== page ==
Paul Lachine

A Cure for Fiscal Failure?

Should more countries create independent fiscal advisory councils to infuse some objectivity into national budget debates? Such councils are hardly a panacea, but for most countries, they would be a helpful step towards correcting a systematic bias towards deficit spending.

CAMBRIDGE – Should more countries create independent fiscal advisory councils to infuse greater objectivity into national budget debates? Jailed swindler Bernie Madoff recently summed up a lot of people’s feelings about fiscal policy, declaring that “the whole government is a Ponzi scheme.”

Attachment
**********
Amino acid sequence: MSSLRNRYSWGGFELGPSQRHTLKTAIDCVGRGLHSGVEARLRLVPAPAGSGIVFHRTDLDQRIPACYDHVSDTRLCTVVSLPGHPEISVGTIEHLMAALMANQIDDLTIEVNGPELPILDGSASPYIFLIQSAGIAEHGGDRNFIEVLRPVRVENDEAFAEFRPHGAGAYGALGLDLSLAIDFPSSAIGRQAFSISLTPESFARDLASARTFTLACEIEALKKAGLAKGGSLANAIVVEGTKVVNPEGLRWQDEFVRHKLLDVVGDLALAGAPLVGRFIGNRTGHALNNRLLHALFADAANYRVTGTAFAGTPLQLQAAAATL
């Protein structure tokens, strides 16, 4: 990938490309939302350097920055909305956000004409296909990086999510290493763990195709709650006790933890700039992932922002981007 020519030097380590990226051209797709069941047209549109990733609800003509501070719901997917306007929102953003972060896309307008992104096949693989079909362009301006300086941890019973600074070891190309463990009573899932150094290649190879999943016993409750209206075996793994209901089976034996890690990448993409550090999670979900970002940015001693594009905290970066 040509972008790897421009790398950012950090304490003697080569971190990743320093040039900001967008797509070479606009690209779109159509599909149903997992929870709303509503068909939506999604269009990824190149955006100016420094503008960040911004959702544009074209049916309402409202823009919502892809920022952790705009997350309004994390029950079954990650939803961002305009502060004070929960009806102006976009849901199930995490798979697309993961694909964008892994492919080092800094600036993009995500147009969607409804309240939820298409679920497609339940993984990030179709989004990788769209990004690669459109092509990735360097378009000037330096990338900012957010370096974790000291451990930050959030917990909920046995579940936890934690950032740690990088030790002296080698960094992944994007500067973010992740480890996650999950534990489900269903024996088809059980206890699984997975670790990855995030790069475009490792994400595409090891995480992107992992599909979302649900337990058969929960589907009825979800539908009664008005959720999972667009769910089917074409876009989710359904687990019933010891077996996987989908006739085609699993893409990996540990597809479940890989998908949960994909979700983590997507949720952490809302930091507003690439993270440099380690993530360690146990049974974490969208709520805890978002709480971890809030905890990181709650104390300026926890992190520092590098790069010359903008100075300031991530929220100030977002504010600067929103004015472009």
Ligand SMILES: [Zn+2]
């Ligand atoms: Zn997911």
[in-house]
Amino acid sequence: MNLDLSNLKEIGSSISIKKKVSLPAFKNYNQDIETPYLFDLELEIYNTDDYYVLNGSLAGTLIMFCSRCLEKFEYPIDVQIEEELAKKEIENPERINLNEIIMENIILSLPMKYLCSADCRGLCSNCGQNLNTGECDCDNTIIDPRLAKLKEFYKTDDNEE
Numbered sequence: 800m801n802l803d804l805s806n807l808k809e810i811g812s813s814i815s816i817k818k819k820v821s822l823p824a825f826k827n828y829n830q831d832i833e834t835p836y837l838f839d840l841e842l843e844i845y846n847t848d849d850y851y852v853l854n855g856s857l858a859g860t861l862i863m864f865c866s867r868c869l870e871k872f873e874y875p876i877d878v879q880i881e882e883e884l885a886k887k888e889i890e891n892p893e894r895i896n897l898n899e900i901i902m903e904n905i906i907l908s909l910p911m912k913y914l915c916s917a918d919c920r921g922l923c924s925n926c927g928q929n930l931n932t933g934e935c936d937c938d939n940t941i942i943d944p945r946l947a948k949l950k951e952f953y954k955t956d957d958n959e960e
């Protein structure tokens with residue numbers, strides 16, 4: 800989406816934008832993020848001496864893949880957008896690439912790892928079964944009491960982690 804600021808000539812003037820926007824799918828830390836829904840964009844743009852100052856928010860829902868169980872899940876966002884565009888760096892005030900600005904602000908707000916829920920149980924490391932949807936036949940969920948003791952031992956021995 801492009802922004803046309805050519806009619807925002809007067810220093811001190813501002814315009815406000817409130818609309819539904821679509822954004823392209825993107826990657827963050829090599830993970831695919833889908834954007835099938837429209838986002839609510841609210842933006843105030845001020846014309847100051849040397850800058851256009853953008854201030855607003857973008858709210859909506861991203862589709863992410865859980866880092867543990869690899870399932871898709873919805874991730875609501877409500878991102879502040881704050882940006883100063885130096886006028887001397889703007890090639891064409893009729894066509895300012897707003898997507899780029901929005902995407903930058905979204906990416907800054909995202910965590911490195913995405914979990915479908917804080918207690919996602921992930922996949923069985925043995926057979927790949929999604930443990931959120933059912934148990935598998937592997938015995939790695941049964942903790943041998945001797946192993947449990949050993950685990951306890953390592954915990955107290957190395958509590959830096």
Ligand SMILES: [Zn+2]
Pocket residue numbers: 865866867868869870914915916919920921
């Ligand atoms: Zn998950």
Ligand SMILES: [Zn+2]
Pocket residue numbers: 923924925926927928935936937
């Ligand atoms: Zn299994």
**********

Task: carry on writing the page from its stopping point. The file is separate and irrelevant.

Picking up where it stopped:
Perhaps this was just wishful thinking from a man who will die in prison after his own record-breaking $50 billion pyramid scheme collapsed in 2008. Personally, I suspect Madoff’s unenviable place in the record books will be secure for quite a while. Still, with many of the world’s largest governments facing a lethal combination of unsustainable conventional debt, unprecedented old-age pension obligations, and a downshift in growth, one has to wonder what the fiscal plan is.

In a new paper, “A Decade of Debt,” Carmen M. Reinhart and I show that general government debt in the United States, including federal, state, and local debt, has now surpassed the record 120% of GDP reached at the end of World War II.

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